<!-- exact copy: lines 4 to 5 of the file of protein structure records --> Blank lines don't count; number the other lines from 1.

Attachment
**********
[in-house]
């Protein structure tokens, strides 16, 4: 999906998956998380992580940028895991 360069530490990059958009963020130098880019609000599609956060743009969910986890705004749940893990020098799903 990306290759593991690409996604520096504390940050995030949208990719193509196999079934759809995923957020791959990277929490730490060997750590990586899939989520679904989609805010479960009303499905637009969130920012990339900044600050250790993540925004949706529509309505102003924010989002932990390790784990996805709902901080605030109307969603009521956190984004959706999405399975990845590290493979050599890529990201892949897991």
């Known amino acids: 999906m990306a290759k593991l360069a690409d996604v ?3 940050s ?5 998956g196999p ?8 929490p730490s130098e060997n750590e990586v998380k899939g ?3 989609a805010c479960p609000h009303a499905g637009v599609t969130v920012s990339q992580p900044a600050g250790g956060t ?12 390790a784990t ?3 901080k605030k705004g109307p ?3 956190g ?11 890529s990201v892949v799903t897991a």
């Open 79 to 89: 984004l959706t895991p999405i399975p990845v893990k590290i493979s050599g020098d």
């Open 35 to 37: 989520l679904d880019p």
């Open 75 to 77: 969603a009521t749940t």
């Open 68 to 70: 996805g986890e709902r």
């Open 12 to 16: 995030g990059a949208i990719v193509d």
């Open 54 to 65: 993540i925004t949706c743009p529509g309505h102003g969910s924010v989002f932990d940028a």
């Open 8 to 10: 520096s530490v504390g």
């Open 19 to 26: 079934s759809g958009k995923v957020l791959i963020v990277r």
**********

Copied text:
């Open 79 to 89: 984004l959706t895991p999405i399975p990845v893990k590290i493979s050599g020098d």
């Open 35 to 37: 989520l679904d880019p």